Every week, the editors of The Paris Review lift the paywall on a selection of interviews, stories, poems, and more from the magazine’s archive. You can have these unlocked pieces delivered straight to your inbox every Sunday by signing up for the Redux newsletter.
Happy New Year, and welcome to your free weekly holiday in the archives of The Paris Review.
This week, we bring you Eudora Welty’s Art of Fiction interview from our Fall 1972 issue; David Sedaris’s essay “Letter from Emerald Isle,” and Sharon Olds’s poem “The Beetle.”
And why not ring in the New Year by listening to all three in the sixth episode of our podcast, “The Beetle and the Butterfly.”
Eudora Welty, The Art of Fiction No. 47
Issue no. 55 (Fall 1972)
My father’s father owned a farm in southern Ohio, and my mother’s father was a country lawyer and farmer in West Virginia, and both my mother’s parents came from Virginia families made up mostly of teachers and preachers. Some of these wrote for newspapers or kept journals, though none wrote fiction. But the family influence I felt came from the important fact that they all loved to read and that I was brought up with books. Yet my parents would have been the people they were, people of character, no matter where they were from, and I would have been their child wherever I was born. I’m a native Southerner, but as a writer I think background matters most in how well it teaches you to look around and see clearly what’s there and in how deeply it nourishes your imagination.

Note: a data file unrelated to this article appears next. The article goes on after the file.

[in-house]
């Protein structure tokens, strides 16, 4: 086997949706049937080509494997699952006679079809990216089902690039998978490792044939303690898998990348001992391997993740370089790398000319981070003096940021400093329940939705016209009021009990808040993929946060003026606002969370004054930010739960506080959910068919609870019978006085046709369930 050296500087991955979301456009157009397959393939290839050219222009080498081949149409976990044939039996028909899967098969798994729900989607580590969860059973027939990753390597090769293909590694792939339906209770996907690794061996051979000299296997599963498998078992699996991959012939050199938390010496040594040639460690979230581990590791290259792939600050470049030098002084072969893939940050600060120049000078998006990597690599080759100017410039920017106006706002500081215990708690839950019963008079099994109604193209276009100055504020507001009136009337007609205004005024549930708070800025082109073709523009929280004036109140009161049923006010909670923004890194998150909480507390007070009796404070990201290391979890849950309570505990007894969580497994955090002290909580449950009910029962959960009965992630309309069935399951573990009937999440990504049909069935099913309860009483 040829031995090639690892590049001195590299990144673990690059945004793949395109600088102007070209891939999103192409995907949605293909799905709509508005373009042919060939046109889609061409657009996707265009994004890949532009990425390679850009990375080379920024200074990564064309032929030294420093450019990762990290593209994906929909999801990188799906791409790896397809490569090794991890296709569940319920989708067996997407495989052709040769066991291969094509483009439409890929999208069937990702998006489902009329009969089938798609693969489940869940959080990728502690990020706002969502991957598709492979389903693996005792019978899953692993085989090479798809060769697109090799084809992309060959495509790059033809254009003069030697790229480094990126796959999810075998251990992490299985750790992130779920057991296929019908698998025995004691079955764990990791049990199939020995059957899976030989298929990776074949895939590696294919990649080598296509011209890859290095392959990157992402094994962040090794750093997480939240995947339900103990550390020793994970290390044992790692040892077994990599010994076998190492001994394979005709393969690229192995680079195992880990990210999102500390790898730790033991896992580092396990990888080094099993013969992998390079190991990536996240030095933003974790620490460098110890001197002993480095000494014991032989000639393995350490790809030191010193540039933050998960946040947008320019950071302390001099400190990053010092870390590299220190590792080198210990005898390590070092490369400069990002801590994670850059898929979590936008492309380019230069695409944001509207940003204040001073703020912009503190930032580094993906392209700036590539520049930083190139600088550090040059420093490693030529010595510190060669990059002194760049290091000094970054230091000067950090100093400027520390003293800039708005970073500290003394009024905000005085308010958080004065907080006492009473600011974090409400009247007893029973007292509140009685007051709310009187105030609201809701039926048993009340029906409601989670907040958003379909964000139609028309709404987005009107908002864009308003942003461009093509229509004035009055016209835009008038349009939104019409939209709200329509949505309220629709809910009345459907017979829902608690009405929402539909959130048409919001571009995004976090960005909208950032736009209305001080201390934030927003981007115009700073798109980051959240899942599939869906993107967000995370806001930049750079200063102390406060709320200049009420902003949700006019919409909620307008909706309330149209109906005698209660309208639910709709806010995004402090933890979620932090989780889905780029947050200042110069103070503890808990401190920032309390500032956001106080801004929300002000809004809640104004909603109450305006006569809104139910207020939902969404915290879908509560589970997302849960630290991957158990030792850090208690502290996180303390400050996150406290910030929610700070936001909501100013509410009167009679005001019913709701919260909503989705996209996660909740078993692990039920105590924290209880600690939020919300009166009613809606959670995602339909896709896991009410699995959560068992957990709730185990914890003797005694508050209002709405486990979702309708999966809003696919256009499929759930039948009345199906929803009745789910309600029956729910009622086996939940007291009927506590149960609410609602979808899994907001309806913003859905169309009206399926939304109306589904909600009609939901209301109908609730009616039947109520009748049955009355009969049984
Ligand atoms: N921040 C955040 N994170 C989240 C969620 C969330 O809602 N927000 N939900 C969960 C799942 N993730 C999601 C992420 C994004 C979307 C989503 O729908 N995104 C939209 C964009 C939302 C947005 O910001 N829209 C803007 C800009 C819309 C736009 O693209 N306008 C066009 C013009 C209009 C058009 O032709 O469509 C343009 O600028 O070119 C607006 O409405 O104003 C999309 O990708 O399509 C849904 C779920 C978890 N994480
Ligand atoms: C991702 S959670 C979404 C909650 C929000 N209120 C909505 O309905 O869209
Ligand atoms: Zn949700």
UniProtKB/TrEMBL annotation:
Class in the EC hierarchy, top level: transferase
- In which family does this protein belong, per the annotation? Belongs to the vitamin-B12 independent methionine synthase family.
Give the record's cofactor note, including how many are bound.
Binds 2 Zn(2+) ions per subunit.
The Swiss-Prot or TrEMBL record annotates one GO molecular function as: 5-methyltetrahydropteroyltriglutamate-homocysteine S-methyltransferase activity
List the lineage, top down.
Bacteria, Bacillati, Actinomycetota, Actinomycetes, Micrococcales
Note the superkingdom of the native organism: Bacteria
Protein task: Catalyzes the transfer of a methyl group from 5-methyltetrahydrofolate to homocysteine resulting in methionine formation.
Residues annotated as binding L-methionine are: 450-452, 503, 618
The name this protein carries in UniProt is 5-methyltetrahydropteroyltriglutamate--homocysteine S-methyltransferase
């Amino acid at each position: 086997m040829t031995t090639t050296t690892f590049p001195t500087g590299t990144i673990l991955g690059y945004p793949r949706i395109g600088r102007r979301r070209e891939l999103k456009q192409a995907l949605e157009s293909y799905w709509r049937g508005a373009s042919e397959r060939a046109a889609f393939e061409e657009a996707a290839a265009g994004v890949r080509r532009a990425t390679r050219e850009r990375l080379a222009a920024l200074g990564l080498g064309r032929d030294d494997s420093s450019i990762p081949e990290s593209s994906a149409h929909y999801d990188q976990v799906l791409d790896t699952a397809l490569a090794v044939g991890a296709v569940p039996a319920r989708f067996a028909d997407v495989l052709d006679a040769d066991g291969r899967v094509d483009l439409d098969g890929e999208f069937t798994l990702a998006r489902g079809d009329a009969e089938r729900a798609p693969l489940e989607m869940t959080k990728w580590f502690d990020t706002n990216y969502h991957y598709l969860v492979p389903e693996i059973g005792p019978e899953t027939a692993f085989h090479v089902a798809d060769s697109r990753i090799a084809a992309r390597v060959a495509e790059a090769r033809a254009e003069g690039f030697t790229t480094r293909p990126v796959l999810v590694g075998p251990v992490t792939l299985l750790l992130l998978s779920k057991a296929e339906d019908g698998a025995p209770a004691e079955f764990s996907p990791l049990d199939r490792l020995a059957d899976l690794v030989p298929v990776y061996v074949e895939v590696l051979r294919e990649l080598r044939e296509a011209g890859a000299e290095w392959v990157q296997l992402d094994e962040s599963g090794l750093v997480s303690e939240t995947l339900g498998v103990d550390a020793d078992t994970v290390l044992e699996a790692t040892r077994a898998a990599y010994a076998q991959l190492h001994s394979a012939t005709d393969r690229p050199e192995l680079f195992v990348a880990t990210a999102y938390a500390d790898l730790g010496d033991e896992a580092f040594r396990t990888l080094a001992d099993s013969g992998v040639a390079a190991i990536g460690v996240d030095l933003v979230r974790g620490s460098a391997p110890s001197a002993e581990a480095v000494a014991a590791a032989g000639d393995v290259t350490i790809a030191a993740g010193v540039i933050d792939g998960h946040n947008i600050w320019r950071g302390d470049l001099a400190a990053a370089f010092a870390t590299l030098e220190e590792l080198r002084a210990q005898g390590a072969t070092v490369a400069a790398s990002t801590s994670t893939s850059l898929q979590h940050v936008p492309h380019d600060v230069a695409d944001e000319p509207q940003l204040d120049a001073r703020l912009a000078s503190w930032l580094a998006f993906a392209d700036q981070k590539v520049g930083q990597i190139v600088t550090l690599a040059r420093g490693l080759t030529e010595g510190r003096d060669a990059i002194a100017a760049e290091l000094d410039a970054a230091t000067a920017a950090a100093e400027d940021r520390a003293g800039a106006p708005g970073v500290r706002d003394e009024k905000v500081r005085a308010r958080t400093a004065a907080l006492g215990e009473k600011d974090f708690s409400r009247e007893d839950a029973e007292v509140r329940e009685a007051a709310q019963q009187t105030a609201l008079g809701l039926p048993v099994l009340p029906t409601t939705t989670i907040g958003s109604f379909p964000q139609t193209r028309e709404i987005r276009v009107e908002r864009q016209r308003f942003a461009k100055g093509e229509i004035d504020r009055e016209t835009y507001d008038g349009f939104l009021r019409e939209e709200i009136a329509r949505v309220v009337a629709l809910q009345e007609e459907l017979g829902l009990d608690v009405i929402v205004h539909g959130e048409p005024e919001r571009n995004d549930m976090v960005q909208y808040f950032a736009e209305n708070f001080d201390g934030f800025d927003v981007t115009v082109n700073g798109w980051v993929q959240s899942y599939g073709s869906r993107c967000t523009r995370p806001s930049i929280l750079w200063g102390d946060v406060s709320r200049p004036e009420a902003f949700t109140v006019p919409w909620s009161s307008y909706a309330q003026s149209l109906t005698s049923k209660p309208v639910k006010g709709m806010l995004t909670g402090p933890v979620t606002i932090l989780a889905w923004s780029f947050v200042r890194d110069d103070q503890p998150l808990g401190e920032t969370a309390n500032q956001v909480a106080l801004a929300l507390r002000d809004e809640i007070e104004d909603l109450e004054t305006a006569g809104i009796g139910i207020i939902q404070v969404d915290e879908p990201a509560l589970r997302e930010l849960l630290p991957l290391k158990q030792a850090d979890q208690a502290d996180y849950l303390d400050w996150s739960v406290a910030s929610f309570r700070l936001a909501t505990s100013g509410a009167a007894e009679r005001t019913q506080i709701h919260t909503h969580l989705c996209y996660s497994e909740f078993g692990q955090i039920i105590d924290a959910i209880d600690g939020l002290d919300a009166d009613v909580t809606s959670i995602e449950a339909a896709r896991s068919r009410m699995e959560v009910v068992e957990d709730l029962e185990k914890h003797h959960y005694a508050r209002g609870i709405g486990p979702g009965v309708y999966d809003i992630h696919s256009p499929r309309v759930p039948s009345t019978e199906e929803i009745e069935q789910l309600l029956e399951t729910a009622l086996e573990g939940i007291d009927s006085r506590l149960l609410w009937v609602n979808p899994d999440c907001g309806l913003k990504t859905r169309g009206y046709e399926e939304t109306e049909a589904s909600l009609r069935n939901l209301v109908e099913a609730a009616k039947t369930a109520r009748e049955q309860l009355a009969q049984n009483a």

“Letter from Emerald Isle,” by David Sedaris
Issue no. 222 (Fall 2017)
Our house on Emerald Isle, The Sea Section, is divided down the middle, and has an E beside one front door and a W beside the other. The east side is ruled by Hugh, and the bedroom we share is on the top floor. It opens onto a deck that overlooks the ocean and is next to Amy’s room, which is the same size as ours but is shaped differently. Unlike Lisa and Paul, who are on the west side of the house and could probably sleep on burlap without noticing it, Amy likes nice sheets.
“The Beetle,” by Sharon Olds
Issue no. 101 (Winter 1986)
When I go to the bathroom I see a beetle in the tub,
black, with a band of stone color
around the center, granite with a trace of
lichen on it, luminous on a damp day,
and I wonder if it’s a death-watch beetle,
and I think of your death,
I wonder if the cancer will take
a long time or a short time
and I wonder if death-watch beetles are the beetles
that eat the dead. I think of you buried,
I think of the beetles that will eat your body, I would like to be one of them …
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